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Department: Practicing

Alarm Fatigue

Farnsworth, Robin

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Journal of Christian Nursing: April/June 2020 - Volume 37 - Issue 2 - p 125
doi: 10.1097/CNJ.0000000000000704
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Alarm fatigue. As a nurse, you don't need a definition. Hospital alarms have flourished and can now include cardiac monitors, bed alarms, chair alarms, IV pump alarms, staff emergency alarms, fire alarms, and the occasional, “What is that?” alarm. Throw in ringing phones and overhead pages. Obviously, some rings have priority over others, but sometimes they become one loud drone and we tune out.

Yesterday I worked on a cardiac floor. In my mind, the “Big Memo Board” that I use to tack dozens of tasks to in some order of priority had Pay Attention to Monitor at the top. Working at the desk, I heard an alarm sound. It was loud, not the soft bing bing of minor stuff but, HEY! Pay attention here!

Glancing toward the hall monitor, I saw it was Jack and I quickly got up to take a closer look at him. His heart rate, which had been a little too high all morning, had jumped into the 140-160 range. Not critical, but not good. Walking into his room, I realized he was in the bathroom. “Are you alright?” I asked as I opened the door a bit.

He was clearly angry. Jack has Chronic Obstructive Pulmonary Disease (COPD). As I have cared for hundreds of these folks over the years, I have observed a few things. Persons with COPD are scared because it is frightening not knowing if they can keep breathing, and then they get angry because life stinks like this, and often they get depressed.

After Jack had finished listing the obstacles he had encountered in performing a simple human function, I suggested modifications and alternative equipment, which he declined, his voice now giving way to exhaustion.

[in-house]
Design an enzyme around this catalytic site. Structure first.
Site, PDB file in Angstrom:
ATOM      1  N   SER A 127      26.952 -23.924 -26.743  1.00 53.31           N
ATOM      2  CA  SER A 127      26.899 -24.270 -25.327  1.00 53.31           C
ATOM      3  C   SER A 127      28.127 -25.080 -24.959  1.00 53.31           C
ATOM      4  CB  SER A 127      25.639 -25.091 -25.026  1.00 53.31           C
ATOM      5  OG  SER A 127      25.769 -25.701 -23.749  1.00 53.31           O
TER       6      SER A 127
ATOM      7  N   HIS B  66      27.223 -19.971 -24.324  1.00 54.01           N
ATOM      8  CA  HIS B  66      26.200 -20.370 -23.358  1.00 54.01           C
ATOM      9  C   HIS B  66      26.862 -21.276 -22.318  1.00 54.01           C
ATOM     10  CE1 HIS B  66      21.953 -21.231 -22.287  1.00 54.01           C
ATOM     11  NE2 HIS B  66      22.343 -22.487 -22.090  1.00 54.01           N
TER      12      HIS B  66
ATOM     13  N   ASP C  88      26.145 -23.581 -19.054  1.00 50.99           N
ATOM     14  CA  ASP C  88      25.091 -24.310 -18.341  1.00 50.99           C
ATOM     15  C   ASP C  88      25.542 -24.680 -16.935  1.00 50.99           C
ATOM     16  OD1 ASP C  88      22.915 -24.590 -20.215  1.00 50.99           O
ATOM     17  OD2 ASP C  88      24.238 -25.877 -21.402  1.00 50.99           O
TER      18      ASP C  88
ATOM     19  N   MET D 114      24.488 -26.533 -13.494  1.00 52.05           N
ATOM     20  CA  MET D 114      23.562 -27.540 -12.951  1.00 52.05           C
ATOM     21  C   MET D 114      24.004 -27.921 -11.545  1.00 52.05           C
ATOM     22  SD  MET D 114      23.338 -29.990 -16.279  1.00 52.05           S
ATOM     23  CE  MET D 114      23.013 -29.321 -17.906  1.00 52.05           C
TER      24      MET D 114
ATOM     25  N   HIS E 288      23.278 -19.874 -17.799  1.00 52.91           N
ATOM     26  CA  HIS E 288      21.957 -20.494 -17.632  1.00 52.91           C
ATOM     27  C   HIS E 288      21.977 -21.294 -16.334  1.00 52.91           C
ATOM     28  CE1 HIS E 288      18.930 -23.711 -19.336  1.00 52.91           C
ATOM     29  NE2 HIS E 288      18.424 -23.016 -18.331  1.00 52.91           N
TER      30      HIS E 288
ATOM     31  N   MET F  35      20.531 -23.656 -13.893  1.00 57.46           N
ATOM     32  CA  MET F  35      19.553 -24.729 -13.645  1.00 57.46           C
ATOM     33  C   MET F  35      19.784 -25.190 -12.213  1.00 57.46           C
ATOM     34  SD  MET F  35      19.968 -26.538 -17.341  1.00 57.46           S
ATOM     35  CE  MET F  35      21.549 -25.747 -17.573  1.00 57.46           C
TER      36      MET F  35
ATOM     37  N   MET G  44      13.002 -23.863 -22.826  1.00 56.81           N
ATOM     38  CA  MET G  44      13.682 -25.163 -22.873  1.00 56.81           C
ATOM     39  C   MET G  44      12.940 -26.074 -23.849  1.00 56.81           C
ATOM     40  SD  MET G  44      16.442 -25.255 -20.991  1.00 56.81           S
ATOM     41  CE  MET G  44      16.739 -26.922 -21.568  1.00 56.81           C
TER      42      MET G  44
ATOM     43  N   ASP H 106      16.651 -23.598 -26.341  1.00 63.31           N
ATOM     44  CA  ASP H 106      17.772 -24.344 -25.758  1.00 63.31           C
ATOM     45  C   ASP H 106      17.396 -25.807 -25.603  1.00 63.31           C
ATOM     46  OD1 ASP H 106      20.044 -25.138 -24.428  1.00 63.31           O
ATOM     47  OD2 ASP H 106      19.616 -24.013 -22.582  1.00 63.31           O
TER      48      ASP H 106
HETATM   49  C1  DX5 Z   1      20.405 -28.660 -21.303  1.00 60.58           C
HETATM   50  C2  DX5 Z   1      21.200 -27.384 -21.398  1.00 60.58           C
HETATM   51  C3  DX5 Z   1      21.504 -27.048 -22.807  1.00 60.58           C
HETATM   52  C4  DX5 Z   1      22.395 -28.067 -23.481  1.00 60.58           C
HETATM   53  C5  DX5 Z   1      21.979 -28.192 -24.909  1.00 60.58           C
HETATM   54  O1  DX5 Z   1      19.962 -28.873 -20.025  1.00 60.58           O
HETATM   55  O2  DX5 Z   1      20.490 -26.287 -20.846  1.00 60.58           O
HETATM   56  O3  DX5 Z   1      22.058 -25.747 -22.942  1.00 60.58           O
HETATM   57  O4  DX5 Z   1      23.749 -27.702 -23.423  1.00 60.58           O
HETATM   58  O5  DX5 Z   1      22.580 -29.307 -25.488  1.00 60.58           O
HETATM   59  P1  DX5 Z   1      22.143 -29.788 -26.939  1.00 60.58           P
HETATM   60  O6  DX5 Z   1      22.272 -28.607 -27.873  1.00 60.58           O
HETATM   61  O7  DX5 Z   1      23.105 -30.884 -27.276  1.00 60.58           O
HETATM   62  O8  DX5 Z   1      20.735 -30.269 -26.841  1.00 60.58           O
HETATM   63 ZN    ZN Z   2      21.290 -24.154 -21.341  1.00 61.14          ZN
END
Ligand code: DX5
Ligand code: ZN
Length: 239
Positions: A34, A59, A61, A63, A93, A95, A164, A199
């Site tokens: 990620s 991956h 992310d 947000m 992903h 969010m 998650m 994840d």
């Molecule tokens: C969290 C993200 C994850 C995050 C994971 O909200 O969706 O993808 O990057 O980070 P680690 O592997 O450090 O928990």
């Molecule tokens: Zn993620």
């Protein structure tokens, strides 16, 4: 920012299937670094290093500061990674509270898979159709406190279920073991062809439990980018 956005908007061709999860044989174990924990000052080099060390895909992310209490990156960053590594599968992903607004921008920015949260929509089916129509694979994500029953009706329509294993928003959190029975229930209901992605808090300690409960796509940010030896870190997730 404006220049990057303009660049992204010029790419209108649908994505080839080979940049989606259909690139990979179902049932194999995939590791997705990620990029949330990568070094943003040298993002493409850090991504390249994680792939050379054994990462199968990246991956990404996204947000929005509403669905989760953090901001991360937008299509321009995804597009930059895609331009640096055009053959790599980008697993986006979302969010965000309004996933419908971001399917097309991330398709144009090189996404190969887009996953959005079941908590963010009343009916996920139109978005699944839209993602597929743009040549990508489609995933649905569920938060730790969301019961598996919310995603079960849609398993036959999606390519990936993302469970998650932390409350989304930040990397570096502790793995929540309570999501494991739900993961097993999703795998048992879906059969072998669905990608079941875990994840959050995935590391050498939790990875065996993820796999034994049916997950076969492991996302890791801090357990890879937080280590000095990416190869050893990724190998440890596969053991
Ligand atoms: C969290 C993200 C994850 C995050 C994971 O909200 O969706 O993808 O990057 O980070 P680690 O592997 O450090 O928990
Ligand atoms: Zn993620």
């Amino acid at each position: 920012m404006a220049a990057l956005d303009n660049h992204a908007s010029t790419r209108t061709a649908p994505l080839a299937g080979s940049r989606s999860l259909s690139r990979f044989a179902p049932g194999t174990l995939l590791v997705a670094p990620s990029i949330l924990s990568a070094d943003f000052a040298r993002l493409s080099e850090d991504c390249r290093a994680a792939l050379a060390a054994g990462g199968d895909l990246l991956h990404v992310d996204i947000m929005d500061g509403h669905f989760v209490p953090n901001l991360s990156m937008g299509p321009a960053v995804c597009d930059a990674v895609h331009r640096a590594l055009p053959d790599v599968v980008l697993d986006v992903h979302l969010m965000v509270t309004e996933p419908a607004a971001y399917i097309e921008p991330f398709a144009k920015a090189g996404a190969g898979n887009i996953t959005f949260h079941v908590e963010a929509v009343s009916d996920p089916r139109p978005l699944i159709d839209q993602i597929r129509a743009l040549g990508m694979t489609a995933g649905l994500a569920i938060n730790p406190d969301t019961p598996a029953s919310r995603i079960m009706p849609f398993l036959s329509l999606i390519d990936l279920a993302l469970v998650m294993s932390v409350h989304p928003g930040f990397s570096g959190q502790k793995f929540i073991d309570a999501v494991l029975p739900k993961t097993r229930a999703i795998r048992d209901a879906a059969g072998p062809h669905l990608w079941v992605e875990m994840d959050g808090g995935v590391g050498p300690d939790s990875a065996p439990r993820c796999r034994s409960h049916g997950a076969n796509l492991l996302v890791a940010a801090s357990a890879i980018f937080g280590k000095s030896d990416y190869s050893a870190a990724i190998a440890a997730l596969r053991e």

“Jack, your heart rate is high. Can you get back in bed?”

“I will. I need a little more time.” Okay. Sometimes you have to cut a deal. He had simply walked four steps to the toilet and he felt like he was struggling. I knew he would not die and I wanted to give him a little sense of control.

Minutes later I found him sitting on the edge of his bed, facing the window. Checking the monitor, his heart rate was down into the 120s. Improved, but not ideal. Someone with lung disease will always opt for sitting up straight rather than lying down. More lung space; it's easier. His shoulders slumped and he hung his head, depressed. COPD is a rotten disease.

I went on to the next task, making another note on the “Big Board” in my overcrowded brain to check on Jack in a bit. The alarms had quieted, but still, the 120s are not a great rate for an extended time. The monitors were alarming for a couple of other cardiac patients and those kept me turning to the screens, checking on Jack. About a half hour later, I noticed his rate had dropped into the 70s and 80s, a perfect rate, and lower than he had been all morning. Must be napping, I thought, free from worry and discouragement.

I decide to peek in and found his wife sitting next to him on the bed. Her head rested on his shoulder, which seemed less stooped now, and she was gently rubbing his back. They said nothing, yet everything, in the language that only years of marriage creates. Jack's heart hummed away.

Would the cardiac unit shut down if more people took the time to touch, to love, to tell those who are sick and frightened, You're not alone? Probably not. But I have never found a pill as powerful as the human touch. Jesus demonstrated this repeatedly... to lepers, to the blind, to the broken hearted. He touched and healed.

Our lives are busy; it is easy to feel overwhelmed. Nurses experience alarm fatigue at work, and then there are more alarms we try to answer–finances, children, co-workers, spouses. These worries ring loud. However, the next time you hear an alarm, remember Jack, who didn't want alternatives but just needed a human touch. And an “I love you” sure helps. It may even silence some alarms.

Names changed to protect identity.

InterVarsity Christian Fellowship